As reported in Digital Music News, in our Book, in this Blog and in many, many other places – one has to really question whether the RIAA should continue it’s litigation strategy against P2P file-sharing? According to a recent report by the Electronic Frontier Foundation (EFF), the answer is decidedly no. The EFF, which has long been at loggerheads with the RIAA both inside the courtroom and out, recently released a highly critical report. In the review, called "RIAA v. The People: Two Years Later," the EFF argues that overall file-sharing volumes continue to increase, despite ongoing lawsuits. "Studies show that P2P usage is increasing instead of decreasing," commented EFF senior staff attorney Fred von Lohmann.
Part of the problem is a simple numbers game. Out of millions of file-sharers in the United States, the RIAA is only targeting a group of several hundred monthly. But the EFF injected a human factor into the equation, pointing to the financial hardships that targeted swappers often endure. Citing a "a single mother in Minnesota who faces $500,000 in penalties for her daughter’s alleged downloading" and a "disabled veteran who was targeted for downloading songs she already owned," the EFF paints a picture of a legal campaign that may be overly aggressive. That has had a negative publicity effect on the RIAA, despite the arbitrary nature of the suits.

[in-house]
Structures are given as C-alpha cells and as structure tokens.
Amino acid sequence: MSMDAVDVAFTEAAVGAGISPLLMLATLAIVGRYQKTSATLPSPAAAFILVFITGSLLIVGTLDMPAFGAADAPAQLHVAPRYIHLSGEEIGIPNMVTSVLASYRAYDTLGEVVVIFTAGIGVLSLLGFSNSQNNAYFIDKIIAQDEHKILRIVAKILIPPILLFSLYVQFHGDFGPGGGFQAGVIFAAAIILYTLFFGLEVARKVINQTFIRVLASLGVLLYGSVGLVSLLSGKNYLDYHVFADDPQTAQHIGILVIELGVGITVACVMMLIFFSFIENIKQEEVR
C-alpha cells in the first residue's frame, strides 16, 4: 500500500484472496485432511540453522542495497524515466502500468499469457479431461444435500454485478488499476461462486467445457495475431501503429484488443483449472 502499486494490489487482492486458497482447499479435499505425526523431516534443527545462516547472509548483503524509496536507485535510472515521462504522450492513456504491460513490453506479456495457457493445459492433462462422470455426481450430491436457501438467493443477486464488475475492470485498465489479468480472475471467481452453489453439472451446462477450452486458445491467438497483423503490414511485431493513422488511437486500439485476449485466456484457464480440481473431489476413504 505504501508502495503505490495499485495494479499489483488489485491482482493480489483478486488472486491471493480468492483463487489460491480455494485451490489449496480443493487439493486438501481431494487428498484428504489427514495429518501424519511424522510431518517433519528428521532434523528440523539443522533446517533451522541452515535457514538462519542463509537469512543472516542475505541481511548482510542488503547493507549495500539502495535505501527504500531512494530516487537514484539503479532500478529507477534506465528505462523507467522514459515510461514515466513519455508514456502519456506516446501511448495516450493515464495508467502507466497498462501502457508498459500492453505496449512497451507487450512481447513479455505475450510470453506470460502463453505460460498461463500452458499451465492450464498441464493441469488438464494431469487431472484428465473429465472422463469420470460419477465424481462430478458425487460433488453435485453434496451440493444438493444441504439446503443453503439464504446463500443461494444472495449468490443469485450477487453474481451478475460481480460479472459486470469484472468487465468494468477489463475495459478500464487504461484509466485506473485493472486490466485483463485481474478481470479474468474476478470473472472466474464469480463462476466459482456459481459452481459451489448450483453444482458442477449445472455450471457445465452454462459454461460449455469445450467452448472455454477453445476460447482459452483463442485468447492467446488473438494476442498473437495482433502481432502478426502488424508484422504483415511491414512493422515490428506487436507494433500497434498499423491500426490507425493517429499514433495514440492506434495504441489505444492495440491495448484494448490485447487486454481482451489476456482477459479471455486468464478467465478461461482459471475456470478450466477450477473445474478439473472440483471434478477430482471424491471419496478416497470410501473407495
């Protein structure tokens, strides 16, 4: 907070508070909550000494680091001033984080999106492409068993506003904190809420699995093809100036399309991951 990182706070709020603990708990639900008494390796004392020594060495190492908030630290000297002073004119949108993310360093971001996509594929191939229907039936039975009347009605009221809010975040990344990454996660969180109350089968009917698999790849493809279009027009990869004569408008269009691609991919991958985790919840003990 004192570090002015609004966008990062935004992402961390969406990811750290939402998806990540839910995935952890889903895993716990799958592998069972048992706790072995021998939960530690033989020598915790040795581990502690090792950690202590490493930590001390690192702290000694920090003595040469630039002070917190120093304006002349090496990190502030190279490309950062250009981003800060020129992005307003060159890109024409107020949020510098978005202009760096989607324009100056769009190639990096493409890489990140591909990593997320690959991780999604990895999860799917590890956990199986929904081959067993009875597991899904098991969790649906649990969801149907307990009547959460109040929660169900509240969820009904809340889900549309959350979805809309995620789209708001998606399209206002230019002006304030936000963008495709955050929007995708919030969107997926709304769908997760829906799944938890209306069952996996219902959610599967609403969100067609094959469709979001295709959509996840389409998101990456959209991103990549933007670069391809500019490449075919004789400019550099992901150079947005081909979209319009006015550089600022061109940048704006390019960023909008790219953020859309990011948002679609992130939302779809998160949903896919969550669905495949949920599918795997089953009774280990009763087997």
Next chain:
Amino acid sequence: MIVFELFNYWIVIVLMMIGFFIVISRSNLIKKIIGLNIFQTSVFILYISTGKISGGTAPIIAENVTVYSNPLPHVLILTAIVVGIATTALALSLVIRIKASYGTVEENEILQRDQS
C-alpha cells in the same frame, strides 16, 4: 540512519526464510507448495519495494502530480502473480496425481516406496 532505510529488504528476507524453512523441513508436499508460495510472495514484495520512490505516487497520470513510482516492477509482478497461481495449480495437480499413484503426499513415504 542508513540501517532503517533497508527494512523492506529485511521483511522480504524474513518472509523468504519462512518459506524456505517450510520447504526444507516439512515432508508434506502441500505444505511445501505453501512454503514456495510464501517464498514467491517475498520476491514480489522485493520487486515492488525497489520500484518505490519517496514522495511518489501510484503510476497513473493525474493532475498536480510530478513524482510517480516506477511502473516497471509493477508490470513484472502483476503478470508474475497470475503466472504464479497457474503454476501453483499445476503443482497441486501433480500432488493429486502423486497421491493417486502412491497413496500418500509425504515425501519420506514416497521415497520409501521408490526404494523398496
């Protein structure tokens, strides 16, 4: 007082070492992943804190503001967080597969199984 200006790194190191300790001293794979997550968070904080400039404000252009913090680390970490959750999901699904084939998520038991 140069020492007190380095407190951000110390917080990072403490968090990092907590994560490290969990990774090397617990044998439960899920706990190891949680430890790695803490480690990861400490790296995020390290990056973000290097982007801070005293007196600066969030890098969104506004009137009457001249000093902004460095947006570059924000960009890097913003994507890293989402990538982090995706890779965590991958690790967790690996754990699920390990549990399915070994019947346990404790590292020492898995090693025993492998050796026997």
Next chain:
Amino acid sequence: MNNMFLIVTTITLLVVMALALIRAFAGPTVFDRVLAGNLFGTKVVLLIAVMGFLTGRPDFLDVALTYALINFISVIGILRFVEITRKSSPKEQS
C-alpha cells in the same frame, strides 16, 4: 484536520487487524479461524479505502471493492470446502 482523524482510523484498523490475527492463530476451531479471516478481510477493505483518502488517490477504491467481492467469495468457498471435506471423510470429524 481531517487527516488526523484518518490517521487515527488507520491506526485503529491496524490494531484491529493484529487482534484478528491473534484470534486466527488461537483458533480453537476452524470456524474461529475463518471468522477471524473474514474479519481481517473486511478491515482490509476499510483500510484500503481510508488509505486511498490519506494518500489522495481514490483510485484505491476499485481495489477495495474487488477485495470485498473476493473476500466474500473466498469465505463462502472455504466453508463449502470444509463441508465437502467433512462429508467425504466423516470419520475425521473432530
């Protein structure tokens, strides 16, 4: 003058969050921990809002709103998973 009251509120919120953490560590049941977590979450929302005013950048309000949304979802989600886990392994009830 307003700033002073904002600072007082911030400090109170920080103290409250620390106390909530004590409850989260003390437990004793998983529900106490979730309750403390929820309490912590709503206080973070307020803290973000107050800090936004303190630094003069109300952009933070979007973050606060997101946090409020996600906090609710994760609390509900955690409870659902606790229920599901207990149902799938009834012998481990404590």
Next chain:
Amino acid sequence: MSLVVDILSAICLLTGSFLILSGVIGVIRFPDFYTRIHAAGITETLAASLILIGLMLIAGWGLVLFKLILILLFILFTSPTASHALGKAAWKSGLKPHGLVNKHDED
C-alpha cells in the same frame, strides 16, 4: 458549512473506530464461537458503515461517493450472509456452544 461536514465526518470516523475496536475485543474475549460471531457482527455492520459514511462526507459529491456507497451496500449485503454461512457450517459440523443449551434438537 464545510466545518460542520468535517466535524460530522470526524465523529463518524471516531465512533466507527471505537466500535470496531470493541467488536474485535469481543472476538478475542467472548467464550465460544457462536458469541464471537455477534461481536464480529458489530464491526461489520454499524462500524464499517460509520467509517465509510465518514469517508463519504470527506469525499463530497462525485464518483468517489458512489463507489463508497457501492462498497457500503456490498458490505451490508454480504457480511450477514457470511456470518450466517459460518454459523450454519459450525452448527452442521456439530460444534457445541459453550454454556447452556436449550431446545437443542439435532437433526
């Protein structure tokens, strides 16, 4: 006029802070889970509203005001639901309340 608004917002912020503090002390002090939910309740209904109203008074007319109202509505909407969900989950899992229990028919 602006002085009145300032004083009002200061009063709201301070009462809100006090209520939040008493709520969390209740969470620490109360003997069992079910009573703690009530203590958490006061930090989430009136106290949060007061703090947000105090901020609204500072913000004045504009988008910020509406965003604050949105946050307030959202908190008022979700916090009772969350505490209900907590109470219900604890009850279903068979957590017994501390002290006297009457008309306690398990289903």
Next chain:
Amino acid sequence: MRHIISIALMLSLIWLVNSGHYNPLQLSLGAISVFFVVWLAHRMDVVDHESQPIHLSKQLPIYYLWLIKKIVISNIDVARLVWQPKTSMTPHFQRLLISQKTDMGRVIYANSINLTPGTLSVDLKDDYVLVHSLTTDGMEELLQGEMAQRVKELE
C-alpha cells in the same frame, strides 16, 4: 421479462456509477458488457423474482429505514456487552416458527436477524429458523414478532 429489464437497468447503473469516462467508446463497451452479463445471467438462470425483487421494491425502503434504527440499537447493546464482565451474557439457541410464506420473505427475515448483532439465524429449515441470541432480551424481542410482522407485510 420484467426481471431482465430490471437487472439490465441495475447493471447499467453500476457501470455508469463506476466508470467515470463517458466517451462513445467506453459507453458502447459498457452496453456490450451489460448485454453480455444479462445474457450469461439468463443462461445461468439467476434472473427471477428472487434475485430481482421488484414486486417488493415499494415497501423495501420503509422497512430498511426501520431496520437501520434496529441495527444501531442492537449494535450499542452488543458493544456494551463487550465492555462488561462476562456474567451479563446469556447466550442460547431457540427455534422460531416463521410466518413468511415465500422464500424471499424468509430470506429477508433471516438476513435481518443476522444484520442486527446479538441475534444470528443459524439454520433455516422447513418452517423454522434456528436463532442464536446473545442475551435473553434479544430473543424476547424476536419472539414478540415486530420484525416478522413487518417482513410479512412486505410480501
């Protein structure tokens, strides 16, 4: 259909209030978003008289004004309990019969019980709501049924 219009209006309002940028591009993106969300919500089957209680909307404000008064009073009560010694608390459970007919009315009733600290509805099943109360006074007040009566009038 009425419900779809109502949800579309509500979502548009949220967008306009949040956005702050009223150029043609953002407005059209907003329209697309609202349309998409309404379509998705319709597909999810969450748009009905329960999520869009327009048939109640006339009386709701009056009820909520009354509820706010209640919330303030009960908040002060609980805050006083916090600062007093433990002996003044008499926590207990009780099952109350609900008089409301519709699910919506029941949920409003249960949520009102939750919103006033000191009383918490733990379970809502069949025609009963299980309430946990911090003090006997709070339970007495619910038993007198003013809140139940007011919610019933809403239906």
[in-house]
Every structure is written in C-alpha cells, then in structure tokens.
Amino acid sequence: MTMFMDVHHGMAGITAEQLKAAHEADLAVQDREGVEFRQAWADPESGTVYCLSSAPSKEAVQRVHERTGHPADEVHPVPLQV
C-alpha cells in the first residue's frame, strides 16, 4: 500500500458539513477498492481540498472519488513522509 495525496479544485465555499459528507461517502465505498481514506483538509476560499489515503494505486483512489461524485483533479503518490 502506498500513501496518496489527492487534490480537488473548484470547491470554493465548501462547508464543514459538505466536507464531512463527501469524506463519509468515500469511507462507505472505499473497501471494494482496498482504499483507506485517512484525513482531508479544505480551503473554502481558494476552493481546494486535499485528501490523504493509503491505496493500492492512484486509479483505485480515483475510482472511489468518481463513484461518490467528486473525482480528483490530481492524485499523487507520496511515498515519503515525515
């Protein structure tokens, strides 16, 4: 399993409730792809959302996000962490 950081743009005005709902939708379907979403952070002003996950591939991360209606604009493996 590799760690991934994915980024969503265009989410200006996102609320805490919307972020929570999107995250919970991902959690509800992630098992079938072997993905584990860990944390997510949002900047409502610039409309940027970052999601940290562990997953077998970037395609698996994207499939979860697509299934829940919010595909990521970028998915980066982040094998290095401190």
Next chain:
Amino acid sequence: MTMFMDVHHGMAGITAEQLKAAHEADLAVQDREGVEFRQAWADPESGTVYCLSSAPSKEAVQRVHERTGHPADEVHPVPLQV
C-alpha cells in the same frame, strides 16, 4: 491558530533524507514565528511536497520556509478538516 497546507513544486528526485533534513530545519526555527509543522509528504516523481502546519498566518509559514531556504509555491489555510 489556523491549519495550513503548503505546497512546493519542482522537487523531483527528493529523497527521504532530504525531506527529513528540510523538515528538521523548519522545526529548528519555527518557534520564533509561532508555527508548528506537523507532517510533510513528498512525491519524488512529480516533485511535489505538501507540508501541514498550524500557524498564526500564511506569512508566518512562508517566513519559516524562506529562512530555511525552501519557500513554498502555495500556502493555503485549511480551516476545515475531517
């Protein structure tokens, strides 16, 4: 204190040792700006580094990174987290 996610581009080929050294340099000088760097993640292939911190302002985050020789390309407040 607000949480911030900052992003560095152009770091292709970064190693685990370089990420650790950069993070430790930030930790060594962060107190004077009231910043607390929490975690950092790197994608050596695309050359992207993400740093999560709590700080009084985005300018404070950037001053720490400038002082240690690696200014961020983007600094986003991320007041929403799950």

So what should major labels be doing? According to the EFF, a strong alternative is a voluntary collective licensing scheme. Such a plan could involve monthly payments to an ISP "or software provider or other intermediary". A large pool of cash would then be divided among rights holders. While that represents a major paradigm shift, and a complicated transition, the EFF sees a big opportunity. "The more people share, the more money goes to rights-holders. The more competition in P2P software, the more rapid the innovation and improvement. The more freedom to fans to publish what they care about, the deeper the catalog." But even though that concept has been on the table for years, labels have been mostly resistant. Whether that will change in the coming years may depend on just how physical CD sales do, and whether a meaningful story emerges in the paid download, subscription, and mobile music markets.
From Digital Music News